28 Feb 2023

Dear College Members


On SCOPE Issue 3:  The toughest battle yet: Tobacco Use Disorder


Many people find it puzzling that Tobacco Use Disorder is classified as a mental illness under the

DSM-5. In fact, a smoker most often doesn’t consult a psychiatrist to kick the habit. Most smoking

cessation aids are sold over the counter as nicotine replacement products and can be dispensed

without a prescription. This ease of self-medication belies the often-intractable task of smoking



Studies across the world have shown that short term (think monthly to 3 monthly) quit rates are

around 30% whilst longer term quit rates are even more dismal. Once an addiction to Nicotine (the

addictive component in tobacco) is established, it can be quite an uphill battle to remain abstinent.

Some experts have compared the addictive potential of Nicotine to Cocaine and Heroin, saying

plenty about this not often mentioned addiction. Nicotine is found not just in cigarette smoke, but

also in Electronic Cigarettes and the way Vaping has gotten out of control in other countries is a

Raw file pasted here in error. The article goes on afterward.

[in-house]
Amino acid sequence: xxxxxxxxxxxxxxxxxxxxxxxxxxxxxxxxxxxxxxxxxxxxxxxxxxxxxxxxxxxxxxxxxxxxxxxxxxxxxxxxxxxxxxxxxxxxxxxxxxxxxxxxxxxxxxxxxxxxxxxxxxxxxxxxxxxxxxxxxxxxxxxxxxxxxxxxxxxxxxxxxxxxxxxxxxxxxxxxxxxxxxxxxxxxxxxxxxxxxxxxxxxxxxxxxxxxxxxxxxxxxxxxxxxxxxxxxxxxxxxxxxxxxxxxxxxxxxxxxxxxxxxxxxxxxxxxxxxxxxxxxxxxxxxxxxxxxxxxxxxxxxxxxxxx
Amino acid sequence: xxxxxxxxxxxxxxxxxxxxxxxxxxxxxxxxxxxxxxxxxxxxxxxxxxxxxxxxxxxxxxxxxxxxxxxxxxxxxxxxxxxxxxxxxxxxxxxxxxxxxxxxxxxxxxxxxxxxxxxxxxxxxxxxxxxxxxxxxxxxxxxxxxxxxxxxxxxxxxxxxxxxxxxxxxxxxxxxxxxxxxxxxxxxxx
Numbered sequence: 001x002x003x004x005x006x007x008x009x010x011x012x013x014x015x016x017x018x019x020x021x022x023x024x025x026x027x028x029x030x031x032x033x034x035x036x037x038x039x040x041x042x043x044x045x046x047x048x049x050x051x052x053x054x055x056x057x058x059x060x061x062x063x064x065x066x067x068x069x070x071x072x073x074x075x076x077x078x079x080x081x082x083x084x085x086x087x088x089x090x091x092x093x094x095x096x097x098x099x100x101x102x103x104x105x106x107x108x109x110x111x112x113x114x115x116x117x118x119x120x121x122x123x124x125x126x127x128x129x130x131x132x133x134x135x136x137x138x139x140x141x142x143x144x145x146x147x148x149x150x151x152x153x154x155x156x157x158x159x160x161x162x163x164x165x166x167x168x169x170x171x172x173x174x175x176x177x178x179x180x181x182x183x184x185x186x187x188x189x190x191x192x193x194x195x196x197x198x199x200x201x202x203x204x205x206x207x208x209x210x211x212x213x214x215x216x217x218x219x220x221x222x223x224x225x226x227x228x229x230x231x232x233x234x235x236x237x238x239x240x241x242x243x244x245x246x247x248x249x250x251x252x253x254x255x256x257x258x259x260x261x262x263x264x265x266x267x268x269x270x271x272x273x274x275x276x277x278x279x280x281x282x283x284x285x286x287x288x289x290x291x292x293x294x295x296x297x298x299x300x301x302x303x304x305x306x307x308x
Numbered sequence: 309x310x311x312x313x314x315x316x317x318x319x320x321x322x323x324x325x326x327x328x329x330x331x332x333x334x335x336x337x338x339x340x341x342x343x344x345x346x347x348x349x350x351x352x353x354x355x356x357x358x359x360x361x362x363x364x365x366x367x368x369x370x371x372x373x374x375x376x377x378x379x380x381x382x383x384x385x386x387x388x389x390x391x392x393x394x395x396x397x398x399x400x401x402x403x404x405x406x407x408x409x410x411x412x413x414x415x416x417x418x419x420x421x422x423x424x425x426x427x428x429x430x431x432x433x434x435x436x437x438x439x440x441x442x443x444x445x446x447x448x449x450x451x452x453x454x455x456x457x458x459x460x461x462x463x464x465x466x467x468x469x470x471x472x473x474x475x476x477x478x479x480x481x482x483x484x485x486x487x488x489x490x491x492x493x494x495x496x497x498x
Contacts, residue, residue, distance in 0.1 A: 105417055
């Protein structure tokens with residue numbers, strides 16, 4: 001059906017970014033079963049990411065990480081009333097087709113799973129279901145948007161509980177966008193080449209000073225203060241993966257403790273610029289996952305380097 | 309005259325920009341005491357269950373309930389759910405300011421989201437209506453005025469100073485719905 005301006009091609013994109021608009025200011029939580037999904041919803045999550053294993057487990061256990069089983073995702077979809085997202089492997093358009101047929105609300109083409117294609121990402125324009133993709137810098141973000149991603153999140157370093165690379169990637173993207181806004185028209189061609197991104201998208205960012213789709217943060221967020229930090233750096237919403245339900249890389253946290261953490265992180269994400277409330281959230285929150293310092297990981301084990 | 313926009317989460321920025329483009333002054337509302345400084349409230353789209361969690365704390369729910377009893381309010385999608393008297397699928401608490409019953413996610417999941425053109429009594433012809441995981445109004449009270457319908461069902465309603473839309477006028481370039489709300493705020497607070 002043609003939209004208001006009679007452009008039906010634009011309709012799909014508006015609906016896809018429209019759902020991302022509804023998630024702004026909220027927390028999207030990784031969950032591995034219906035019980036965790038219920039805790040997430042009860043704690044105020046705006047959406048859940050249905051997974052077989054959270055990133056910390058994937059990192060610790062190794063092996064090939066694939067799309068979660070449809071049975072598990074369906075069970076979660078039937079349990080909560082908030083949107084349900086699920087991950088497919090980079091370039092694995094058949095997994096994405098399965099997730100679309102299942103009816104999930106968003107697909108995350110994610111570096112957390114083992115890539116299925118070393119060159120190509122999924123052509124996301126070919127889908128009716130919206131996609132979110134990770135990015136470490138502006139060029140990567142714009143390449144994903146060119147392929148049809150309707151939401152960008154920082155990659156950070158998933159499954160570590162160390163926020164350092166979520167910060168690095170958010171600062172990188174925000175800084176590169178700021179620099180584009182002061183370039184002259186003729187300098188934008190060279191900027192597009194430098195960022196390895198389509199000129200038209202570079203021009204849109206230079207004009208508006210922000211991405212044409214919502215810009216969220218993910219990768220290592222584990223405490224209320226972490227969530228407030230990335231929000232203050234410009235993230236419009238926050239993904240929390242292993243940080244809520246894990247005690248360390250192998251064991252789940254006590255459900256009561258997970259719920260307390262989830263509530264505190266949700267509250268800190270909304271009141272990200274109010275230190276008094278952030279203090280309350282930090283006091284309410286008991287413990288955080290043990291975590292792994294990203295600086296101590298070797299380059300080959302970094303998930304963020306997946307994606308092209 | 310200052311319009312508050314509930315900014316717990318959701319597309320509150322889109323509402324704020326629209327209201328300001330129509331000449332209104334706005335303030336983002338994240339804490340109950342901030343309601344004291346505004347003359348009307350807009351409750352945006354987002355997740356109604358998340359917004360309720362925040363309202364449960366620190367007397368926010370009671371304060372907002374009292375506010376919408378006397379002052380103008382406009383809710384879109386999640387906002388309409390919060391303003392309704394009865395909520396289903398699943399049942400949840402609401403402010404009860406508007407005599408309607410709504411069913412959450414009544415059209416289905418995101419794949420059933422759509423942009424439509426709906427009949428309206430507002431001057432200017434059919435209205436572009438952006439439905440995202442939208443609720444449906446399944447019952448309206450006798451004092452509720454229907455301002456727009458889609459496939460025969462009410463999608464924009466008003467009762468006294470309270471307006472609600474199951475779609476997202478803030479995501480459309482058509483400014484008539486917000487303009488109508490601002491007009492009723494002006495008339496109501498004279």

timely reminder that we need to protect our people, especially our Youth, from its harmful effects.


Amongst patients with mental health illnesses (PMHI), the prevalence of smoking and Tobacco Use

Disorder is much higher than the general public. This makes the term “dual-diagnosis” almost

superfluous in the patients that we treat. This has serious implications, not least the number of

years of quality life lost as a result of smoking induced morbidity. Various studies have estimated

that PMHIs lose 2 decades of life from smoking induced complications, a stark reminder that

psychiatric and physical morbidity often go hand in hand in the patients we treat.


What can we psychiatrists do about this? The hard truth is, like any addiction, it is difficult to treat.

With so much else to handle in our day-to-day consults with patients, this aspect is often missed

due to a lack of time. Just asking whether someone smokes and directing them to the appropriate

services can often go a long way to helping patients quit smoking.


With that in mind, the Section of Addiction Psychiatry together with the College of Psychiatrists have

put together a dinner lecture to spread further awareness on this topic. Our guest lecturer, Professor

Peter Selby, who has been brought here on a MOH HMDP expert grant, will kindly speak to us on

the topic “Smoking Cessation in Patients with Psychiatric Ailments” on 14 March 2023. This lecture

promises to deliver new insights into smoking cessation for PMHIs.  See you there!


Yours Sincerely,

Dr Lambert Low Tchern Kuang


Section of Addiction Psychiatry

College of Psychiatrists, Academy of Medicine, Singapore